Villanova cruises to championship game with a 95-79 win over Kansas

They held a national semifinal game Saturday night and it was over before the second timeout.

The NCAA tournament game didn’t officially end at that point, of course, but it could have been halted for public indecency.

It was Villanova 22, Kansas 4 before seven minutes had expired and that somehow wasn’t as bad as things got for the Jayhawks.

Top-seeded Kansas’ blueblood spilled all over the Alamodome court during a 95-79 whitewashing by the equally seeded but vastly superior Wildcats and their barrage of three-point shots.


“That was just one of those nights, man,” coach Jay Wright said after the Wildcats made 18 of 40 three-point shots, setting a record for a Final Four game. “We made every shot to start the game and when you do that … it’s tough to come back on that.”

The Wildcats nearly equaled the NCAA tournament record of 21 three-point baskets set by Loyola Marymount against Michigan in 1990.

Villanova’s 66 three-point baskets over its last five games are an NCAA tournament record with one game to play, which will come in the national championship against Michigan on Monday night. Villanova (35-4) will try to win its second title in three years.

Father Rob Hagan, Villanova’s team chaplain, heartily clapped as he walked onto the court during a timeout with about eight minutes left and the Wildcats ahead by 17 points. Last rites already had been given in front of 68,257.

“That’s as good a team we’ve played against as I can remember,” Kansas coach Bill Self said. “They’d be hard for anybody to deal with if they shoot the ball like that.”

Villanova held a 10-point lead before four minutes had elapsed, removing any drama from the balance of the game.

It seemed like a distant memory afterward, but Kansas actually led after center Udoka Azubuike made a jump shot for the game’s first points. Villanova then scored 11 consecutive points, including three three-pointers, in less than 90 seconds.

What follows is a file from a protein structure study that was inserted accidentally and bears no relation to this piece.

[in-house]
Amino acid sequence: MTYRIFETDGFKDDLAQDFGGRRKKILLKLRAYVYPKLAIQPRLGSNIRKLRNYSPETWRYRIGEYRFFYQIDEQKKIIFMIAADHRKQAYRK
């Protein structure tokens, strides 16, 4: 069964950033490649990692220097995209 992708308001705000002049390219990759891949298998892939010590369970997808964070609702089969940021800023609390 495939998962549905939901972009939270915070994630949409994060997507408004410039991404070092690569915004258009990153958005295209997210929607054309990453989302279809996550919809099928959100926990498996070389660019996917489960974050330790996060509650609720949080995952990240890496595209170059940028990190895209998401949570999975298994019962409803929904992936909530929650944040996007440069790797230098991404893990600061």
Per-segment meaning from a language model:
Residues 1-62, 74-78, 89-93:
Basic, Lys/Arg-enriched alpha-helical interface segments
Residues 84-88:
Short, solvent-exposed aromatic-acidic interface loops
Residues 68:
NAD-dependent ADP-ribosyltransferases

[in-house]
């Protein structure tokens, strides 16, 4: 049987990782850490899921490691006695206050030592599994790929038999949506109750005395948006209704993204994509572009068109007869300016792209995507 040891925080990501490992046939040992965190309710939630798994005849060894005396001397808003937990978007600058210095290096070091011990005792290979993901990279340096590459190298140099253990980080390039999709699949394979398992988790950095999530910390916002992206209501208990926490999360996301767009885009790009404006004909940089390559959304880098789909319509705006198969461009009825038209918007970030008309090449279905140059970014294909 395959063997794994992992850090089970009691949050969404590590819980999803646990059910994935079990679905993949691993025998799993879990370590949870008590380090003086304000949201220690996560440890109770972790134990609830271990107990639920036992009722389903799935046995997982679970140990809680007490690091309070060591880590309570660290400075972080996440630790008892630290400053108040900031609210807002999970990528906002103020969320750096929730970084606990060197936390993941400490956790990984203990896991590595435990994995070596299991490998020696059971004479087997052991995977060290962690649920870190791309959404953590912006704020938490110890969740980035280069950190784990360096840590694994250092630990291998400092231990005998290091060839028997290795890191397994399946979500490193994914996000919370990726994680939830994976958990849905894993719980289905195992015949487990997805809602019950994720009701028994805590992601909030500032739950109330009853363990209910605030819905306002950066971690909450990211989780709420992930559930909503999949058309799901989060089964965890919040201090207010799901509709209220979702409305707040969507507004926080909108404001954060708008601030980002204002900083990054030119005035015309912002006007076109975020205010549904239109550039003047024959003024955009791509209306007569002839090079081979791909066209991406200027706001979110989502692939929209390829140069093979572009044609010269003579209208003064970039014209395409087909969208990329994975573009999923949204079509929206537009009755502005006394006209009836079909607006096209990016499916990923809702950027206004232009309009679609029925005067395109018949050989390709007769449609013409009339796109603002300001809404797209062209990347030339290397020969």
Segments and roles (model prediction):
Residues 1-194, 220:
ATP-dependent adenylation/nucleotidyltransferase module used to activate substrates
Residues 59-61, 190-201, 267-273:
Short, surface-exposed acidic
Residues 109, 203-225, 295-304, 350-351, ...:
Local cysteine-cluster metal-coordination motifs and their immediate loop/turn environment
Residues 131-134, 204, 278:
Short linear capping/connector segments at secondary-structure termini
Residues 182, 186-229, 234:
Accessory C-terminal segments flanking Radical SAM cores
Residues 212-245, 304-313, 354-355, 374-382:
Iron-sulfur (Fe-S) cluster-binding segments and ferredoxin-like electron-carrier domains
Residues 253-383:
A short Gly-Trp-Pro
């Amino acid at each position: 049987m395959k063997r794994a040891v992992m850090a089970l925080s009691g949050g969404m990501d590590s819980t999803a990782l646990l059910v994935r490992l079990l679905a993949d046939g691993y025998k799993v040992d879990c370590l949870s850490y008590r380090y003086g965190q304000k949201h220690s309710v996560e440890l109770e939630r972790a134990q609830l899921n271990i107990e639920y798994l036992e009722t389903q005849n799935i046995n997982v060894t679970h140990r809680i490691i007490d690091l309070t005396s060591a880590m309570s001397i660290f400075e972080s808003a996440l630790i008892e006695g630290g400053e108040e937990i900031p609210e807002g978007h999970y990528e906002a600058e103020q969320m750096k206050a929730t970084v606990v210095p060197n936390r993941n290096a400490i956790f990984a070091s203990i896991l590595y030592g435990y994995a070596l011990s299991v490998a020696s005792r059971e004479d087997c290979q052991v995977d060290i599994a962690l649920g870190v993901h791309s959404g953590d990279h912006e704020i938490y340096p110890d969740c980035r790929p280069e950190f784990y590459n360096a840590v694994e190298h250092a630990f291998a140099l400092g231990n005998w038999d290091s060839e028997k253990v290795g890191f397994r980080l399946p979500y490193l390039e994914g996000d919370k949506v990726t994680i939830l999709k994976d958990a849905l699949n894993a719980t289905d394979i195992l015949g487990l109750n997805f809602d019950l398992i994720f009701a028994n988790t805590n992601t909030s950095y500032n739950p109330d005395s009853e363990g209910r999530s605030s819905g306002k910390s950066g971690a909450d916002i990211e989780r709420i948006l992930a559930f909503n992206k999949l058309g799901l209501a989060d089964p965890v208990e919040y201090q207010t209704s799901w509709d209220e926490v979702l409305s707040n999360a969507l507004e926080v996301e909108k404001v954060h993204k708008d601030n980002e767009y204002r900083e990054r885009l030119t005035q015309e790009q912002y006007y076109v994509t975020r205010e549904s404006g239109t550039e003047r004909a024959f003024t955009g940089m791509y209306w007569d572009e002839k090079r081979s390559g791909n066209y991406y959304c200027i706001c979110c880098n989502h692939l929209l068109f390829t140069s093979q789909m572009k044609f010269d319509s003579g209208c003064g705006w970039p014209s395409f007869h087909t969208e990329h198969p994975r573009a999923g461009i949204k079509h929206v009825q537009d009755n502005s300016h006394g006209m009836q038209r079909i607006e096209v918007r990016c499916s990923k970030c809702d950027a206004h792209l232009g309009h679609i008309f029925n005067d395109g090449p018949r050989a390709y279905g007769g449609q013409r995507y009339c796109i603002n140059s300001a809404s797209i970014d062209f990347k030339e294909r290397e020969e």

“It’s tough, especially when most of the points come from the three-point line,” Kansas guard Malik Newman said. “You feel like you don’t really give yourself a chance to win.”

If there was any upside for the Jayhawks, it was that this didn’t qualify as their worst loss in their 153 NCAA tournament games. That came during an 18-point drubbing by Indiana in the 1940 national championship.

Eric Paschall made four of five three-point shots on the way to a career-high 24 points for the Wildcats. Donte DiVincenzo, Jalen Brunson and Omari Spellman each had three three-point baskets for Villanova, whose 442 three-point baskets this season are a Division I record.

“Everyone was making plays for each other,” Brunson said. “We were all ready to catch and shoot.”

Devonte’ Graham scored 23 points for Kansas (31-8), which made only seven of 21 three-point shots.

Villanova was up 47-32 at halftime after making 13 of 26 three-point shots over the opening 20 minutes. The Wildcats took only seven shots inside the arc during that stretch.

“They got anything they wanted early,” Self said. “We got spread out and our game plan went to crap on how we were going to guard certain actions, then we got caught in between and that’s the worst thing you can do defensively is be caught in between.”

With seven minutes to play, Paschall made a floater as the shot-clock expired and officials gathered at a replay monitor to see whether Paschall had released the ball in time. The basket didn’t count but it didn’t matter. It was an exercise in futility akin to Kansas’ defense.

Follow Ben Bolch on Twitter @latbbolch